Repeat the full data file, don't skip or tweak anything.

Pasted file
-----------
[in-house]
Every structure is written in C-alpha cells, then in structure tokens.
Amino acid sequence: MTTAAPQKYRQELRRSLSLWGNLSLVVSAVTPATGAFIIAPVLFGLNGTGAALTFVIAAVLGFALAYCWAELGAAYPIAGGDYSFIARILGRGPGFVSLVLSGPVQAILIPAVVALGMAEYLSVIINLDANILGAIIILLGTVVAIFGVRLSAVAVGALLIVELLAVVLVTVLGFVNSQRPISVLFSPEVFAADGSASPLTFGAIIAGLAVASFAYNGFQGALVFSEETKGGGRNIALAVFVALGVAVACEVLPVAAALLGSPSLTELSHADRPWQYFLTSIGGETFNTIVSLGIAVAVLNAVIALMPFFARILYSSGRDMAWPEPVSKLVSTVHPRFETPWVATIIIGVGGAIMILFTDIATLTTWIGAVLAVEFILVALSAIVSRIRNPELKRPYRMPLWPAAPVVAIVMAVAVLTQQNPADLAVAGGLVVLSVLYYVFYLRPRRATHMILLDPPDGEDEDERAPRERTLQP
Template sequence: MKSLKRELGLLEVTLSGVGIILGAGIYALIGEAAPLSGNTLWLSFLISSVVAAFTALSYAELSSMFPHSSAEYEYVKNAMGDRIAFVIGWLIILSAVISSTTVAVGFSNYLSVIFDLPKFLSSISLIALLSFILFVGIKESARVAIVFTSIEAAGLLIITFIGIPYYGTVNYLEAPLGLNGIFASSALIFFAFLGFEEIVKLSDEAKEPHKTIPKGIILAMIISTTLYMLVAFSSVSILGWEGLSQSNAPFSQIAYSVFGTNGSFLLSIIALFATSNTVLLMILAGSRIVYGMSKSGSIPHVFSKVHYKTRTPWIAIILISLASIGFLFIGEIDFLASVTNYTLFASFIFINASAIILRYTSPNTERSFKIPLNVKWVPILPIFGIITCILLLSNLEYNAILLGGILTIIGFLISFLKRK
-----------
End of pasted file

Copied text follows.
[in-house]
Every structure is written in C-alpha cells, then in structure tokens.
Amino acid sequence: MTTAAPQKYRQELRRSLSLWGNLSLVVSAVTPATGAFIIAPVLFGLNGTGAALTFVIAAVLGFALAYCWAELGAAYPIAGGDYSFIARILGRGPGFVSLVLSGPVQAILIPAVVALGMAEYLSVIINLDANILGAIIILLGTVVAIFGVRLSAVAVGALLIVELLAVVLVTVLGFVNSQRPISVLFSPEVFAADGSASPLTFGAIIAGLAVASFAYNGFQGALVFSEETKGGGRNIALAVFVALGVAVACEVLPVAAALLGSPSLTELSHADRPWQYFLTSIGGETFNTIVSLGIAVAVLNAVIALMPFFARILYSSGRDMAWPEPVSKLVSTVHPRFETPWVATIIIGVGGAIMILFTDIATLTTWIGAVLAVEFILVALSAIVSRIRNPELKRPYRMPLWPAAPVVAIVMAVAVLTQQNPADLAVAGGLVVLSVLYYVFYLRPRRATHMILLDPPDGEDEDERAPRERTLQP
Template sequence: MKSLKRELGLLEVTLSGVGIILGAGIYALIGEAAPLSGNTLWLSFLISSVVAAFTALSYAELSSMFPHSSAEYEYVKNAMGDRIAFVIGWLIILSAVISSTTVAVGFSNYLSVIFDLPKFLSSISLIALLSFILFVGIKESARVAIVFTSIEAAGLLIITFIGIPYYGTVNYLEAPLGLNGIFASSALIFFAFLGFEEIVKLSDEAKEPHKTIPKGIILAMIISTTLYMLVAFSSVSILGWEGLSQSNAPFSQIAYSVFGTNGSFLLSIIALFATSNTVLLMILAGSRIVYGMSKSGSIPHVFSKVHYKTRTPWIAIILISLASIGFLFIGEIDFLASVTNYTLFASFIFINASAIILRYTSPNTERSFKIPLNVKWVPILPIFGIITCILLLSNLEYNAILLGGILTIIGFLISFLKRK